2, 4, 6, 8—Incinerate the Nanny State!

Lindsay Perigo's picture
Submitted by Lindsay Perigo on Sun, 2017-01-08 23:34

"How far can you oppress somebody?"

That's the fork-tongued question posed by an academic who used to support the punitive taxes imposed by the New Zealand government on tobacco, but is now wracked with qualms in the wake of the latest hike that will raise the cost of cigarettes to over $20 a packet. Three more 10% tax increases are proposed between now and 2020, under a deal reached in 2010 between the National Socialist and Maadi parties.

Dr Marewa Glover, a public health analyst and associate professor at Massey University told Stuff.co.nz there's no proof the tobacco tax is reducing smoking in New Zealand.

"It's just a tax grab now," she said. (Nnnnoooooo, really?!) "The tax is a punishing tax. It is deliberately punishing in order to get people to change their behaviour. The problem is, we're continuing to treat problems as a silo. People don't just smoke, they have other things in their lives going on."

The tax, she maintained, is increasing stress on people already facing financial hardship that could lead them to smoke more.

"If you're poor, what can you afford in terms of stress release? How far can you oppress somebody? There's a point at which it's hopeless for them to change. If they're still getting benefits from it, then they'll still smoke."

Smoking rates have declined a paltry 1.9% overall since 2011 when Nanny State started to go really berserk in this area. Smoking rates among Maori and Pacific Islanders have actually risen slightly.

Approached by Stuff.co.nz, the Maadi Party declined to comment. A spokesthing for the National Socialist Government (the epithet is not gratuitous—the most famous anti-smoking campaigner in history was Adolf Hitler) defended the tax, saying it was was one of many measures to make New Zealand smoke-free by 2025.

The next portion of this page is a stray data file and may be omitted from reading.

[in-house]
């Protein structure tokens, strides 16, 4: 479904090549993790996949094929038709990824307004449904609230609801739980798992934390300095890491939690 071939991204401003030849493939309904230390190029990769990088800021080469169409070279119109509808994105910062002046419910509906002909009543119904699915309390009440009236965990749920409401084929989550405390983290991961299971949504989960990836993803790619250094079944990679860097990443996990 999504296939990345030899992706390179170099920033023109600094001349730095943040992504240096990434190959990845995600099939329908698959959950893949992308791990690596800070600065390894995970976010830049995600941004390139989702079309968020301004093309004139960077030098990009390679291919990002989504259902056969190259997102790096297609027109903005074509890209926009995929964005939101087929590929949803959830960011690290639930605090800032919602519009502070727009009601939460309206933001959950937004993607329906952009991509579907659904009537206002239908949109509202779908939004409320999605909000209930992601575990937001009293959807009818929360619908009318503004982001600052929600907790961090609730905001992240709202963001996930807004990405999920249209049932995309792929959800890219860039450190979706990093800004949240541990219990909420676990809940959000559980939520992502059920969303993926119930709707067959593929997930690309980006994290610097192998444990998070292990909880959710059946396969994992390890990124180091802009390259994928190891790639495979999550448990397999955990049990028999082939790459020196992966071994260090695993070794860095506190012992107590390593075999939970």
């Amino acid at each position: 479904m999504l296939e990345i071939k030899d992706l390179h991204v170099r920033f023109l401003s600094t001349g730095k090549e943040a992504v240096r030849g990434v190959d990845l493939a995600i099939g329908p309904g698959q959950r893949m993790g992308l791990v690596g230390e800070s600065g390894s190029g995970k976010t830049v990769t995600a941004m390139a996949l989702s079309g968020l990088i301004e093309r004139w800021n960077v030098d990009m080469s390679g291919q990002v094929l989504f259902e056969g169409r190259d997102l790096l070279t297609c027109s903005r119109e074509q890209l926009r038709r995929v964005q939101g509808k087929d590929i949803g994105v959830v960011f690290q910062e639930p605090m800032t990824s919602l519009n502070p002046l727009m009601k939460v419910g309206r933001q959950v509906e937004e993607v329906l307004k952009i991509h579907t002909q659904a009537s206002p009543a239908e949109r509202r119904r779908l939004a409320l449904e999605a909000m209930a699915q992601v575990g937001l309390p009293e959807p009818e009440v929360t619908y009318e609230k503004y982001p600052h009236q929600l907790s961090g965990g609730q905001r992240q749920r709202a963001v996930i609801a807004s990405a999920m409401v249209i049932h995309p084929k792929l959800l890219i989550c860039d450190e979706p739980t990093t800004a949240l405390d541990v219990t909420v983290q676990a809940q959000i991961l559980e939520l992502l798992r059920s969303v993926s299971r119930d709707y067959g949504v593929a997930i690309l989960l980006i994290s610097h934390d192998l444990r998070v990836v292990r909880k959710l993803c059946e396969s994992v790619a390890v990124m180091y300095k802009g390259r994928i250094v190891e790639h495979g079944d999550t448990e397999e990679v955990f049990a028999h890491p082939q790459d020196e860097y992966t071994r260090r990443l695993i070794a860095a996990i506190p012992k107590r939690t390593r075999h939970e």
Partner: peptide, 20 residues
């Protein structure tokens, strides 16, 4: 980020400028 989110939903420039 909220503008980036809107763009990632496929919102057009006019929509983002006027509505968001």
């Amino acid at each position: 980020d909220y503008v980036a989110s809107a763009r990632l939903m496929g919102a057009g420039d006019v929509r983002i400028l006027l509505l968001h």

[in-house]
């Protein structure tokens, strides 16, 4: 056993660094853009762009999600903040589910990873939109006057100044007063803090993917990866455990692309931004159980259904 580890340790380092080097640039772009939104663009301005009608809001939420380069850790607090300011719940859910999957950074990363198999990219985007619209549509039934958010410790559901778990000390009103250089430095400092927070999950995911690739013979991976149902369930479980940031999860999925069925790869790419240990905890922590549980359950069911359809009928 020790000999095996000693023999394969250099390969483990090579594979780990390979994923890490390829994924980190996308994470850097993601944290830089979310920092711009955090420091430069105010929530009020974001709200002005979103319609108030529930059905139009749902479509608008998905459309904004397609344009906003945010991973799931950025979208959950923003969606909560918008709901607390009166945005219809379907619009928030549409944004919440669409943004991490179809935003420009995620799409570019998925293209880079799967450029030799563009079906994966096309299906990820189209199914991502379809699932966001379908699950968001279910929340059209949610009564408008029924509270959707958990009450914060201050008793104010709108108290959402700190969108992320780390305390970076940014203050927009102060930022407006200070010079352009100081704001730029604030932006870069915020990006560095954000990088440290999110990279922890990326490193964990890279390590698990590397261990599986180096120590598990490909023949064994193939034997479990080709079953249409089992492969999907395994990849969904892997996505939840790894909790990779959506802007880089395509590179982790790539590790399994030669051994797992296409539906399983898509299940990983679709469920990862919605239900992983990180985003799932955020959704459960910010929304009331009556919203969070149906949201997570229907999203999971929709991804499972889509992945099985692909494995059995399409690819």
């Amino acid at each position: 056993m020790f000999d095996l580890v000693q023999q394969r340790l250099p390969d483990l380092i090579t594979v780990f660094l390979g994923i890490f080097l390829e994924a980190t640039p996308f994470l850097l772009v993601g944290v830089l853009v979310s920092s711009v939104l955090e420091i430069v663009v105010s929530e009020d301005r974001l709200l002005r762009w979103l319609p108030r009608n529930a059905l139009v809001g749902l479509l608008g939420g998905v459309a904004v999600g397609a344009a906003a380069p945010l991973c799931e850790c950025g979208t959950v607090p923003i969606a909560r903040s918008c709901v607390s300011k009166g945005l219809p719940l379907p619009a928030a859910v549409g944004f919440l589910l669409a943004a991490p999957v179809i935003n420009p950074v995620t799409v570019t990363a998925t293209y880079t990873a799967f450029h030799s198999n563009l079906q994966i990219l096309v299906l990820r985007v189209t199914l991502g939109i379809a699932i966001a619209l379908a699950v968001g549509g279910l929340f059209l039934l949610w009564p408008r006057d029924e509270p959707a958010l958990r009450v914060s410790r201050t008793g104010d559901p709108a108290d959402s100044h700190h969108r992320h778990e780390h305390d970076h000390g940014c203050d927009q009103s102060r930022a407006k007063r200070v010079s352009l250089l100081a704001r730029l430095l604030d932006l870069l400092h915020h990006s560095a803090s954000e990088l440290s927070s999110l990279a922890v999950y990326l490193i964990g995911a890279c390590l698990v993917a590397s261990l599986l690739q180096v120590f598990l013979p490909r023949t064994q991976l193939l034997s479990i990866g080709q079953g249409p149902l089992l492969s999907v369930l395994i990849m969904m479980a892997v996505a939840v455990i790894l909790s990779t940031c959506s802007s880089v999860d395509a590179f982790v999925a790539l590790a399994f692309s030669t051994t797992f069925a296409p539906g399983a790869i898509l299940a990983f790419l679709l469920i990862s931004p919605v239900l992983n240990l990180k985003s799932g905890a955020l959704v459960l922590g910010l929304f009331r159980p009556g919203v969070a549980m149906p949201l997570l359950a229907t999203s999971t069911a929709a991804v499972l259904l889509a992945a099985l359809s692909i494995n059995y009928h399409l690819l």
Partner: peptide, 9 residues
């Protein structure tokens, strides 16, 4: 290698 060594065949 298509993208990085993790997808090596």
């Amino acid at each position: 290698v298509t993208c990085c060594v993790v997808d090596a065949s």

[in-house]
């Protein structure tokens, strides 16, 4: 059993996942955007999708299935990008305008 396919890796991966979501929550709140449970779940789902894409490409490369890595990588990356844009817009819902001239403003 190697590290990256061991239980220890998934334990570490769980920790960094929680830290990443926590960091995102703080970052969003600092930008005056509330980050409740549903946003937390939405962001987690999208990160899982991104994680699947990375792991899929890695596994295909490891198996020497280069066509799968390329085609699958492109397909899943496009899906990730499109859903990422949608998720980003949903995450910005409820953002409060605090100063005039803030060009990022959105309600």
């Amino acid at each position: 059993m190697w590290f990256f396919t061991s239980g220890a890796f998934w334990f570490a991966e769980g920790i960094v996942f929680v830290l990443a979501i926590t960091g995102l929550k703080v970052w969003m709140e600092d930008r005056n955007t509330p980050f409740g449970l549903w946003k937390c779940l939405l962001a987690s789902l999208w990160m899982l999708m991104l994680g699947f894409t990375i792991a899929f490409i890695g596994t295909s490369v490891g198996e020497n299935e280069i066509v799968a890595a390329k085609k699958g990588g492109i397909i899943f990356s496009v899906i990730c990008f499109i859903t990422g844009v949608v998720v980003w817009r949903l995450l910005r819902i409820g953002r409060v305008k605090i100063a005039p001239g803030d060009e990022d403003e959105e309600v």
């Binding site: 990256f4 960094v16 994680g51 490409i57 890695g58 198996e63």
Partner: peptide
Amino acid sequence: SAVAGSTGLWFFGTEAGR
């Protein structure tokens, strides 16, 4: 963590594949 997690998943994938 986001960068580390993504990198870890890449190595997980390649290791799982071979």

As if we didn't already know that! Who can forget that years ago the magazine Cigar Aficionado was deemed by the Ministry of Health (Orwell's Ministry of Truth?!) to contravene our Smoke-Free Environments Act, and anyone who distributed or stocked it would be fined $10,000? This, notwithstanding Article 14 of our Bill of Rights:

Everyone has the right to freedom of expression, including the freedom to seek, receive, and impart information and opinions of any kind in any form.

Who can fail to be aware that at check-out counters in supermarkets, staff are forbidden to acknowledge the existence of cigarettes, which are locked away out of sight, except by twitching their eyebrows as imperceptibly as possible? Who is unaware of the mandatory grotesque health warnings? Etc.

Tobacco has been a target of politicians and other fascist control freaks and kill-joys for altogether too long. When a member of academia—taxpayer-funded, PC, far-left academia—says a tax has become oppressive, you know it's time to act. It's time to ditch the tax, and a lot more besides. It's time to respond to, "How far can you oppress somebody?" with a resounding, "You may not oppress anyone, at all, ever!!"

2, 4, 6, 8—Incinerate the Nanny State!


Punitive Taxation for Those Who Eat Salad and Drink Fruit Juice

Kyrel Zantonavitch's picture

Everyone should be equal before the law. This is a fundamental injustice. Smokers shouldn't be treated as second class citizens.

It's a dirty tax $$$$

Andrew Atkin's picture

If it wasn't a tax grab, the money collected would go into developing healthy cigarettes or something, in the name of the cause they claim to be so desperately concerned about. But it doesn't. The government is obviously just a drug dealer.

Linz

gregster's picture

Key and this current lot of twats follow wicked witch Clark as if she was still grand mam of the house. Key stood down so as not to be seen as the PM who allowed McCully’s pro-terrorist proposal at the UN security council. It may well be that Key has some other job such as at the IMF lined up in reward. Labour may have to step in here with the greens, but we’re unlikely to see any input from them into law-making in the near future. Clark did liberalise prostitution at least, but I can’t see them liberalising dope while at the same time pursuing tobacco. Then again, thinking in principles is not a strong point of parliamentarians. Btw, I paid over $20 for a pack the other day, must have been old stock, and an honest Indian behind the counter, because a week prior I was charged $26. You may be meaning the tax component. Rolling tobacco is up at $50-60 for 30 grams. Great column as per usual.

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